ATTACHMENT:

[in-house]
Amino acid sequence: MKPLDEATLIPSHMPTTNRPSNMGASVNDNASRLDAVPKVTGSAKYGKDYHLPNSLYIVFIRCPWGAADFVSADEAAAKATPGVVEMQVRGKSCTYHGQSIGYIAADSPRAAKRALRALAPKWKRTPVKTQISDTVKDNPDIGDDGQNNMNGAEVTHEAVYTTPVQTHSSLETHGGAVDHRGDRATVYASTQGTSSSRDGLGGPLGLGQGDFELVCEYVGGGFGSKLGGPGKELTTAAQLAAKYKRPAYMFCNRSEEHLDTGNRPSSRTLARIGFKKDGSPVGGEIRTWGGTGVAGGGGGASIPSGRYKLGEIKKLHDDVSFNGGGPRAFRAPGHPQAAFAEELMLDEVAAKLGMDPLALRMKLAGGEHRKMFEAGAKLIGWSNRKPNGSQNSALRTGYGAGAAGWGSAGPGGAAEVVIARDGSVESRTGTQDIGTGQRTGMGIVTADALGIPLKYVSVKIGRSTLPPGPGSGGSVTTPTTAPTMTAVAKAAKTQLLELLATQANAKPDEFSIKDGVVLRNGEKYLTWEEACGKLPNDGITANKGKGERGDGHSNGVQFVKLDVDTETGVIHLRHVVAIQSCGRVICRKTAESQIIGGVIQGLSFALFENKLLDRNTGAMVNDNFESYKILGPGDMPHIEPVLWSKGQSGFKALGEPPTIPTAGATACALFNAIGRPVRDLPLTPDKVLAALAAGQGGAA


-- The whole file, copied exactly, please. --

[in-house]
Amino acid sequence: MKPLDEATLIPSHMPTTNRPSNMGASVNDNASRLDAVPKVTGSAKYGKDYHLPNSLYIVFIRCPWGAADFVSADEAAAKATPGVVEMQVRGKSCTYHGQSIGYIAADSPRAAKRALRALAPKWKRTPVKTQISDTVKDNPDIGDDGQNNMNGAEVTHEAVYTTPVQTHSSLETHGGAVDHRGDRATVYASTQGTSSSRDGLGGPLGLGQGDFELVCEYVGGGFGSKLGGPGKELTTAAQLAAKYKRPAYMFCNRSEEHLDTGNRPSSRTLARIGFKKDGSPVGGEIRTWGGTGVAGGGGGASIPSGRYKLGEIKKLHDDVSFNGGGPRAFRAPGHPQAAFAEELMLDEVAAKLGMDPLALRMKLAGGEHRKMFEAGAKLIGWSNRKPNGSQNSALRTGYGAGAAGWGSAGPGGAAEVVIARDGSVESRTGTQDIGTGQRTGMGIVTADALGIPLKYVSVKIGRSTLPPGPGSGGSVTTPTTAPTMTAVAKAAKTQLLELLATQANAKPDEFSIKDGVVLRNGEKYLTWEEACGKLPNDGITANKGKGERGDGHSNGVQFVKLDVDTETGVIHLRHVVAIQSCGRVICRKTAESQIIGGVIQGLSFALFENKLLDRNTGAMVNDNFESYKILGPGDMPHIEPVLWSKGQSGFKALGEPPTIPTAGATACALFNAIGRPVRDLPLTPDKVLAALAAGQGGAA